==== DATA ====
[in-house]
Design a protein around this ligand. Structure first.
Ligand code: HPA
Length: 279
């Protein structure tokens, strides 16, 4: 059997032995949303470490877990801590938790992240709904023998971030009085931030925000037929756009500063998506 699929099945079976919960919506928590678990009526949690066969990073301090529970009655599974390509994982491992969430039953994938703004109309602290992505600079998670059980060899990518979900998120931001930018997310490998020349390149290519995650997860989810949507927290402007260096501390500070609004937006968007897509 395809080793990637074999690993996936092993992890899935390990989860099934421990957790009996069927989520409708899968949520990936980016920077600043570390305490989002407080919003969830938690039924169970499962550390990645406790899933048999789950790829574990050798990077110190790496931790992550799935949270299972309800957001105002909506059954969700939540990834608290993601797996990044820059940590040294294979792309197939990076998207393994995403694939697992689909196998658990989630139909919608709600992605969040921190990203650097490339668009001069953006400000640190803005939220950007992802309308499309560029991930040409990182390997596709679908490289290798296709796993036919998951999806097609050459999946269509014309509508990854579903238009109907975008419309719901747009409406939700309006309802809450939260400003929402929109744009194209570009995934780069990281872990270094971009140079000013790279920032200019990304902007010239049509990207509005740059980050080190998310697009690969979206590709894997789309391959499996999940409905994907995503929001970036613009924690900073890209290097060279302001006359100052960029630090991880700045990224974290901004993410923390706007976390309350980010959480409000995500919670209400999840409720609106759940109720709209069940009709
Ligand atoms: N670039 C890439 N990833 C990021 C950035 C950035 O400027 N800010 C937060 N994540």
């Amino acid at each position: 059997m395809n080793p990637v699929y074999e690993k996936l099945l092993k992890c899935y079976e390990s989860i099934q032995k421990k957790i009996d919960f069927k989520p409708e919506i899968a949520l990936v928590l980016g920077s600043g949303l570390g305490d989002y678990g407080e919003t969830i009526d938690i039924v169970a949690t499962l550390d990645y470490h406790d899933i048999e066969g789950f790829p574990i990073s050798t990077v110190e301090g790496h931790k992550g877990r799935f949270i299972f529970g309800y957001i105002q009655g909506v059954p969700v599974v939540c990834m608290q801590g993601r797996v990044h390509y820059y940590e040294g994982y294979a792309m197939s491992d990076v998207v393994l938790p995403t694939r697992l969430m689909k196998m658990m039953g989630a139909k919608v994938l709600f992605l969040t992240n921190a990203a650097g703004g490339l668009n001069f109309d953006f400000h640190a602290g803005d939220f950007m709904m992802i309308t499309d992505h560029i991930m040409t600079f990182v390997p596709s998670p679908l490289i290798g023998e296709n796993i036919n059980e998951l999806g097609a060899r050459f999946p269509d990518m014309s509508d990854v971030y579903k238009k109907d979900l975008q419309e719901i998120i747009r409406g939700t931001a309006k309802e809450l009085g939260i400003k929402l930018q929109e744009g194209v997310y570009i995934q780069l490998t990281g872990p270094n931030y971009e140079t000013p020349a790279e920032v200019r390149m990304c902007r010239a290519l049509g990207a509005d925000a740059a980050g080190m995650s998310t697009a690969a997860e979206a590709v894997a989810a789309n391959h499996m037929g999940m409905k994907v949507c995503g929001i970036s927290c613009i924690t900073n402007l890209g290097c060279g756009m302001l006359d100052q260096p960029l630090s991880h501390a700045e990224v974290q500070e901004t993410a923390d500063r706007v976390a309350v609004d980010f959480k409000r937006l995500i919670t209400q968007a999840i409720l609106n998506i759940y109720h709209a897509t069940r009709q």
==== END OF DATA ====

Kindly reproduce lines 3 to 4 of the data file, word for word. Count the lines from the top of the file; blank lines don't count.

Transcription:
Ligand code: HPA
Length: 279